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Lions Vice Chair William Clay Ford Jr. said lease negotiations with officials at the Pontiac Silverdome are "frustratingly slow, and the team continues to pursue other stadium options," according to David Barkholz of CRAIN'S DETROIT BUSINESS. Barkholz notes the Lions "have not ruled out a joint deal for a new downtown Detroit stadium with the Tigers." Ford said the Lions' would like to remain in Pontiac, but the team wants to "manage the stadium rather than lease it to get at revenue sources currently denied the team." FINANCIAL WORLD recently ranked the Lions' franchise value at 26 out of 28 NFL teams -- primarily due to the fact that the Lions get no stadium revenue. But Ford says: "We need to get this resolved soon. If we have to, we could get out of our lease by paying off the last few years and leaving if our (new) stadium is ready early. But I keep getting back to this point: It makes so much sense for Pontiac and us to do this deal (so) that it can and will work" (David Barkholz, CRAIN"S DETROIT BUSINESS, 5/1-7). FIRST INTERVIEW: Ford also gave his first full-length interview since his promotion to vice chair. In the CRAIN'S DETROIT interview, the topics covered include the Lions' stadium situation and the current state of the NFL. Ford: "The one trend I see that I don't like is the growing tendency for each franchise to fend for itself. I think what made the league strong is the fact that the NFL has done things for the good of all franchises. ... The TV revenue is shared. ... NFL Properties, which sells all of the paraphernalia and is a huge business, is absolutely split 30 ways. ... You don't have the 'haves' and 'have nots' that you have in other sports. It's made for a much stronger league" (CRAIN'S DETROIT BUSINESS, 5/1-7 issue).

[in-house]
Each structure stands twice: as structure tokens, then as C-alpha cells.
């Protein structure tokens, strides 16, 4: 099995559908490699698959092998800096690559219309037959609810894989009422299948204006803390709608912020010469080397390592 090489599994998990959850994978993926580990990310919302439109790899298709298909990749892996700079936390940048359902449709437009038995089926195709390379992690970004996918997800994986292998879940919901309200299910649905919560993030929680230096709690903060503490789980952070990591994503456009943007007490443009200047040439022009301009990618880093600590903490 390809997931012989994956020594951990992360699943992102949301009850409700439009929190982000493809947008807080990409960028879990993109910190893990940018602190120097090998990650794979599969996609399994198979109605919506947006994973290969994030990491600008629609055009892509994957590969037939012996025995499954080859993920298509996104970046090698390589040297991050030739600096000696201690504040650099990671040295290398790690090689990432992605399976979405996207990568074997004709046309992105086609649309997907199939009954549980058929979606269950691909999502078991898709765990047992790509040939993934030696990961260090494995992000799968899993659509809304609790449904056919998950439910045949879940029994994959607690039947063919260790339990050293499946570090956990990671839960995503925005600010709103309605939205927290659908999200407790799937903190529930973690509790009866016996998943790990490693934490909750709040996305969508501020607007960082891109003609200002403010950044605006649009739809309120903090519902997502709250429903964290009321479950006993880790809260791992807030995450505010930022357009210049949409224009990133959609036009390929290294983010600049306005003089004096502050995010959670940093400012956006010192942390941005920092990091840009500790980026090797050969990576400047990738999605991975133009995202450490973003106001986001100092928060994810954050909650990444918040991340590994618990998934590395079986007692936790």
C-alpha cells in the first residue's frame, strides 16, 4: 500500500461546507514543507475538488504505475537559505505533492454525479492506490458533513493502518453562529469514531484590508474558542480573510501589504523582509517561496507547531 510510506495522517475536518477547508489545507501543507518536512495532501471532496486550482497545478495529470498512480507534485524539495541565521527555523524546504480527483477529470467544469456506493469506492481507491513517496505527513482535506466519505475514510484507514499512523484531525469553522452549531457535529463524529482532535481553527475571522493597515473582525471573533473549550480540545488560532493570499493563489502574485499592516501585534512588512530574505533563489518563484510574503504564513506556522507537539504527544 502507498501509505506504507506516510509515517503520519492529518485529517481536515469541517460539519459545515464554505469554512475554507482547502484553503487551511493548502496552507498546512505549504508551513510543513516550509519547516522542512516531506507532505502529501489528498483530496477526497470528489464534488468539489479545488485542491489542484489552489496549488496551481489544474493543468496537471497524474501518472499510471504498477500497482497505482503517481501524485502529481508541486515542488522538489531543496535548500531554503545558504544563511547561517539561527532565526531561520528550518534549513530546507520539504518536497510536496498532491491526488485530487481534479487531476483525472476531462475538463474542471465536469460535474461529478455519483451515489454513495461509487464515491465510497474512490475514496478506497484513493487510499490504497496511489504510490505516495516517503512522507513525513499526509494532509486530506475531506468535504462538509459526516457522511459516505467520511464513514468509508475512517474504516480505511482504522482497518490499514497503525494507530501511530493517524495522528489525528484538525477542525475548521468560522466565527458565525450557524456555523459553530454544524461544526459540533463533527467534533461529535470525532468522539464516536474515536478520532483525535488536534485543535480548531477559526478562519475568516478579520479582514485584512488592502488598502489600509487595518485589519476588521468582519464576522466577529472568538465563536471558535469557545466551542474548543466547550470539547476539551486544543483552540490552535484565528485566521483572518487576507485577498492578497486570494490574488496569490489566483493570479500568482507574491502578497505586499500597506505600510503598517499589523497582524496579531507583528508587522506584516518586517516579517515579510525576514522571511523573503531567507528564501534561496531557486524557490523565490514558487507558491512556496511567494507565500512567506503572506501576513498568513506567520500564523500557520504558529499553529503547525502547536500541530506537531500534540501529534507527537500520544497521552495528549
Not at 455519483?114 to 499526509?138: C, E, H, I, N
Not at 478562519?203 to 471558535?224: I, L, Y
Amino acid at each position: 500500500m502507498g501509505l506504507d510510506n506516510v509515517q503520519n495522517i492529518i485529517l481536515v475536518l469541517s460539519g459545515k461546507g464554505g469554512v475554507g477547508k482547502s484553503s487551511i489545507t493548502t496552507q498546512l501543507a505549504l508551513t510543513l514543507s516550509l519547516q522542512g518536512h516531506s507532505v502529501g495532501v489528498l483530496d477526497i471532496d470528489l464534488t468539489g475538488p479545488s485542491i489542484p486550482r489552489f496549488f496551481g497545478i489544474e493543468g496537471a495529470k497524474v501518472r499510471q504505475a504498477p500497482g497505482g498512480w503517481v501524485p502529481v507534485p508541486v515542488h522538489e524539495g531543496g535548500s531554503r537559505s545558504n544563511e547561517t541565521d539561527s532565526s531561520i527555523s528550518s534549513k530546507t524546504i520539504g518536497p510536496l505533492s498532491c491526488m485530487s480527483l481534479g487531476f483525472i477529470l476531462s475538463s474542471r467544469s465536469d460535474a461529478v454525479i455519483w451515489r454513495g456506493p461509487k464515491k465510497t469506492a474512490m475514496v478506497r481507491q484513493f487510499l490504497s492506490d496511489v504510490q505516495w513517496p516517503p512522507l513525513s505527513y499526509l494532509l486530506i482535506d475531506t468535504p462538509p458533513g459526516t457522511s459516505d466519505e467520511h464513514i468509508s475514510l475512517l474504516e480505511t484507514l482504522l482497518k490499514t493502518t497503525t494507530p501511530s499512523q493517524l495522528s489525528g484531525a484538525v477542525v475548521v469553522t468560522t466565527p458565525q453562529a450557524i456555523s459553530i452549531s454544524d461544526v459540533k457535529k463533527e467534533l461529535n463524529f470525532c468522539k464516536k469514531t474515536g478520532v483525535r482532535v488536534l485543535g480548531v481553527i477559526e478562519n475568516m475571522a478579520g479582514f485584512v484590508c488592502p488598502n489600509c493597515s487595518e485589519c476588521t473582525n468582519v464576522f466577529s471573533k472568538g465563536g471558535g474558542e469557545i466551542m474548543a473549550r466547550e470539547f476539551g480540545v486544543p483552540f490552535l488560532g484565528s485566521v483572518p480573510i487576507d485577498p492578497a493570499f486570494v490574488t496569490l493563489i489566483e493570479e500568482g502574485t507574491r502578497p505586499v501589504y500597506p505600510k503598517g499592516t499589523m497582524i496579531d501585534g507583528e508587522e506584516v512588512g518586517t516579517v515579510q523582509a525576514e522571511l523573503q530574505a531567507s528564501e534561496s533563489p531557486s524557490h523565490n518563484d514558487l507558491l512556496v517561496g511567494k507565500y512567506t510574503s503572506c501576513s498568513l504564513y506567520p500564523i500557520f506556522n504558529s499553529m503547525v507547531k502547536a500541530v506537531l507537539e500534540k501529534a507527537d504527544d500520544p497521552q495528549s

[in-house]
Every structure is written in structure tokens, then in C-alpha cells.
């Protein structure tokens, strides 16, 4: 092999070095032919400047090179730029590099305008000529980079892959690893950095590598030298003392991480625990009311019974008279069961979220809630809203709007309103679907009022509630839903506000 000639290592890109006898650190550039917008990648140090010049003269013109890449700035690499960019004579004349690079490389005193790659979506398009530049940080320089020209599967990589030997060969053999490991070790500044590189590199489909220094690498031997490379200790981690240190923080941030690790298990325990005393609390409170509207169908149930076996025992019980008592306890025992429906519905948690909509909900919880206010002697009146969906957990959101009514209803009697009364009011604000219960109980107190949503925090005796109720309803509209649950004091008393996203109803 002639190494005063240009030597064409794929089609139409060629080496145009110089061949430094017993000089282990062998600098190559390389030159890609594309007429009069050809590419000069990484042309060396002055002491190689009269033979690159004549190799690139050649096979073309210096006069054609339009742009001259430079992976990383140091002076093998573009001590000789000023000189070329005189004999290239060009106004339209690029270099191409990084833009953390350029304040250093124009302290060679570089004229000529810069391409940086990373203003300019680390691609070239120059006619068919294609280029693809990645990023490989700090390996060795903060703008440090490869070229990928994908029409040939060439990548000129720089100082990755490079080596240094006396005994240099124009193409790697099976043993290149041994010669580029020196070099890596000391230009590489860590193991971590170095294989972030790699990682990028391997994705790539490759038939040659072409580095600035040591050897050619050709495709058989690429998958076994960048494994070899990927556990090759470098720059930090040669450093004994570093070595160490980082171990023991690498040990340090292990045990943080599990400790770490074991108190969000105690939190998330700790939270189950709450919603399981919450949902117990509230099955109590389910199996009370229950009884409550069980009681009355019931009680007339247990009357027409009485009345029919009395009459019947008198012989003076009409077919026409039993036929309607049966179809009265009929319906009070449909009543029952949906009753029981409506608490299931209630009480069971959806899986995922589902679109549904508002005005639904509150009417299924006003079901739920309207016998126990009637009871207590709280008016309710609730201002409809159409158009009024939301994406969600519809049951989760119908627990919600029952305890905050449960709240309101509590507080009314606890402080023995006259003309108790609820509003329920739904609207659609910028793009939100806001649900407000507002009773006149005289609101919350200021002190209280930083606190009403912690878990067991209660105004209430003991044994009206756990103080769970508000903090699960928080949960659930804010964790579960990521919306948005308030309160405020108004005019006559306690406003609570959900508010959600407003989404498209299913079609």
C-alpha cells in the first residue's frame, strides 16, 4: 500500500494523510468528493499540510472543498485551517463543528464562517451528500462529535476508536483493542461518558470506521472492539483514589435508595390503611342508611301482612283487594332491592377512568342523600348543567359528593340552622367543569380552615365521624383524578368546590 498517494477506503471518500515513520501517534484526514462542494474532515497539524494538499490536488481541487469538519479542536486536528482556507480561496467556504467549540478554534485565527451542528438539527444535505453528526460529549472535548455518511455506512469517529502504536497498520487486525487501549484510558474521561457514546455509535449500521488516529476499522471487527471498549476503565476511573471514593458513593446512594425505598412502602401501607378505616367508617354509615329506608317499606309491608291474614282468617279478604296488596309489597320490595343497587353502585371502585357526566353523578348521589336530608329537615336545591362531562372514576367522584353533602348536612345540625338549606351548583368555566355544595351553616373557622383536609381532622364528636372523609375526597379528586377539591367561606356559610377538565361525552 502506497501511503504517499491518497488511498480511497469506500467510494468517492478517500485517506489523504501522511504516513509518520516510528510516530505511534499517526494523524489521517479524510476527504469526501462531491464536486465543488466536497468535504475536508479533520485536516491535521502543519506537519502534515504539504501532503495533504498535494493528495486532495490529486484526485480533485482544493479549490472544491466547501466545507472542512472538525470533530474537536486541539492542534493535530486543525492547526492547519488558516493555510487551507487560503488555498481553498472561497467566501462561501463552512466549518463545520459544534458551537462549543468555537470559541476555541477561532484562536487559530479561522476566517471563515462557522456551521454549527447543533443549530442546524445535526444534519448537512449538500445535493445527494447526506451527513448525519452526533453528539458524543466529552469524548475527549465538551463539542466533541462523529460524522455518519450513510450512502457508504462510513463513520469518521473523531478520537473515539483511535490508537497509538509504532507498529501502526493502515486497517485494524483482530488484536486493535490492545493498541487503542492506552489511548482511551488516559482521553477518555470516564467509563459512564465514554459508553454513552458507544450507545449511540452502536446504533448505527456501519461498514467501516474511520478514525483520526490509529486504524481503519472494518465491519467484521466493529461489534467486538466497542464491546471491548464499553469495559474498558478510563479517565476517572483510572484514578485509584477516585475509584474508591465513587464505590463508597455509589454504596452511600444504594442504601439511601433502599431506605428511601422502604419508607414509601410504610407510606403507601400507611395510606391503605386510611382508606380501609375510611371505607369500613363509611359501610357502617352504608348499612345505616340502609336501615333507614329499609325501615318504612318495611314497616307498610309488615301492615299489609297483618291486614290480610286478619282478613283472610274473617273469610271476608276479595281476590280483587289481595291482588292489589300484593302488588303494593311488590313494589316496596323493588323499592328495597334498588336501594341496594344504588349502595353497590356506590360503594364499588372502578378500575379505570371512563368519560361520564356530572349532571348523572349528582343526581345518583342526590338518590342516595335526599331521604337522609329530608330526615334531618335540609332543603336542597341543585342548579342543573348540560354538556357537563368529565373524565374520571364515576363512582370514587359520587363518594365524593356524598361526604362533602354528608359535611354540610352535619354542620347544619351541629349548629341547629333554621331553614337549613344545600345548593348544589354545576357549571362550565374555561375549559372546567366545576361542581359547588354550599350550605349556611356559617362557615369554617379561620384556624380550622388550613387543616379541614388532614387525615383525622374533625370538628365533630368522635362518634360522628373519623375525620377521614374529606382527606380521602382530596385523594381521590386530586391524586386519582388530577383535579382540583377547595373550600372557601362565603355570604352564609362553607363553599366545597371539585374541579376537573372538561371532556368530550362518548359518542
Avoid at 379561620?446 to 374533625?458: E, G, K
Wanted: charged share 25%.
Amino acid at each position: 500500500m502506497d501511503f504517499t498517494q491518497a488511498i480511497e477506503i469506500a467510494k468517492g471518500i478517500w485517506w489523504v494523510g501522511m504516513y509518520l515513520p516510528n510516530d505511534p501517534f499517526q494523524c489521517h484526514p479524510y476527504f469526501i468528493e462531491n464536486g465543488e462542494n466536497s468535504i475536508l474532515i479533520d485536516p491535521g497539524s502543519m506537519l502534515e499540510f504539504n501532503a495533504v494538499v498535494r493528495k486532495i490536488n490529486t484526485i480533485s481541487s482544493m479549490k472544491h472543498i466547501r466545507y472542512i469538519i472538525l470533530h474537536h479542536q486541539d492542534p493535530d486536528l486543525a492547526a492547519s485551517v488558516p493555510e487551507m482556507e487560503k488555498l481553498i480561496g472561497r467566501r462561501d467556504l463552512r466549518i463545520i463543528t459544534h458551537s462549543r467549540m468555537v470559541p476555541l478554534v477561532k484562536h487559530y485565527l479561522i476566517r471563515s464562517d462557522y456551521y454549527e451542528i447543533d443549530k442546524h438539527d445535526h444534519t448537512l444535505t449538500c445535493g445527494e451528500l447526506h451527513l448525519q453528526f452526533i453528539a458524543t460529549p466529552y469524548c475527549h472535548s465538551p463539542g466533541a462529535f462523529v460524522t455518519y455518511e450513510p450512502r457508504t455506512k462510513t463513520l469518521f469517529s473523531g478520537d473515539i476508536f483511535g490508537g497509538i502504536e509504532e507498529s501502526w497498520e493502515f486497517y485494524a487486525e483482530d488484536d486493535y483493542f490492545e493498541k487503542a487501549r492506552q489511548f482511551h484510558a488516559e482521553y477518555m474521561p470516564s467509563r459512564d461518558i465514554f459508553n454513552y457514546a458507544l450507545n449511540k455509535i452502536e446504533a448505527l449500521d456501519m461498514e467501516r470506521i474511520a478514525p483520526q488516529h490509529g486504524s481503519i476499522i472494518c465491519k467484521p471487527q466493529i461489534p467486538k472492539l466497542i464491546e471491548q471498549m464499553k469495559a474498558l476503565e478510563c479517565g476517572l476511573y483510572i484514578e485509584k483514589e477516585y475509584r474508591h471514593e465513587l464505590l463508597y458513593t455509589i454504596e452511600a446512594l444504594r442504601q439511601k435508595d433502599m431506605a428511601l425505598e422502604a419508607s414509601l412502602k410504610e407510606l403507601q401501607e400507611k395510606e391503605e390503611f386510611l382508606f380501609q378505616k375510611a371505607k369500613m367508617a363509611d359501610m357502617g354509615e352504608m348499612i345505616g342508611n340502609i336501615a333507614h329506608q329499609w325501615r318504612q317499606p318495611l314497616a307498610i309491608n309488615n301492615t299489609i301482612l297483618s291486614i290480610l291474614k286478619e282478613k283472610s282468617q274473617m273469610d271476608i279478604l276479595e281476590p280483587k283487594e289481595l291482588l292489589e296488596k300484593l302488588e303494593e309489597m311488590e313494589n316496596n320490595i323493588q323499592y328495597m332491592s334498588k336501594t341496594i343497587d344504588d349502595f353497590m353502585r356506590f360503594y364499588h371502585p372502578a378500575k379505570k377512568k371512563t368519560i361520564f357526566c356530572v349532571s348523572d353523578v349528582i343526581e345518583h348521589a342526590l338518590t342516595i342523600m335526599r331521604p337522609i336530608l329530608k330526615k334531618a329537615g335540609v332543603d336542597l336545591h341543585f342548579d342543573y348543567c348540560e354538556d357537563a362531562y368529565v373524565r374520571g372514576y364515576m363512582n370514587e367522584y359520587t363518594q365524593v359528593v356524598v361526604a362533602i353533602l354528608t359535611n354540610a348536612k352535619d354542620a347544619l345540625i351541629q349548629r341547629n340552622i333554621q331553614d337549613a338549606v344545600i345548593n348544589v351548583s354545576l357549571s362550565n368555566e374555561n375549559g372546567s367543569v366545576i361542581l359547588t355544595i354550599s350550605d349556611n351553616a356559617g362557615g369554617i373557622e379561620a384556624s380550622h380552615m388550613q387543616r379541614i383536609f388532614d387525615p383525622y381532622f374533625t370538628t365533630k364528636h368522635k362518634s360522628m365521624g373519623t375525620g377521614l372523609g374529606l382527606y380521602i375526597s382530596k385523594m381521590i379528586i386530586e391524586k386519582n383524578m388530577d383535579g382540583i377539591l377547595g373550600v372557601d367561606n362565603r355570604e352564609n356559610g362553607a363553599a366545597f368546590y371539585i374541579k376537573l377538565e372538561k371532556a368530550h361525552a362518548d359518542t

This afternoon, the Tampa Sports Authority will get its first look at the details on options for improving Tampa Stadium. The architectural firm of Hellmuth, Obala & Kassabaum (HOK) will include in its presentation the first-ever look at the option of reconstruction, according to Danielson & Banks of the ST. PETERSBURG TIMES. The reconstruction would be similar to how the Jaguars prepared the Gator Bowl for their inaugural season in the NFL, a job also done by HOK. Costs would be higher than renovating, but cheaper than building a new stadium. Danielson & Banks report that new Bucs Owner Malcolm Glazer has made his desires clear on what it will take to keep the Bucs in Tampa: "more luxury suites, the addition of club seats and roomier, nicer seats throughout the rest of the stands." The decision on which option to pursue will depend not only on cost, but also on how long work would take. Glazer's sons Bryan and Joel will attend the briefing, but both declined to comment on the stadium options (Danielson & Banks, ST. PETERSBURG TIMES, 5/9).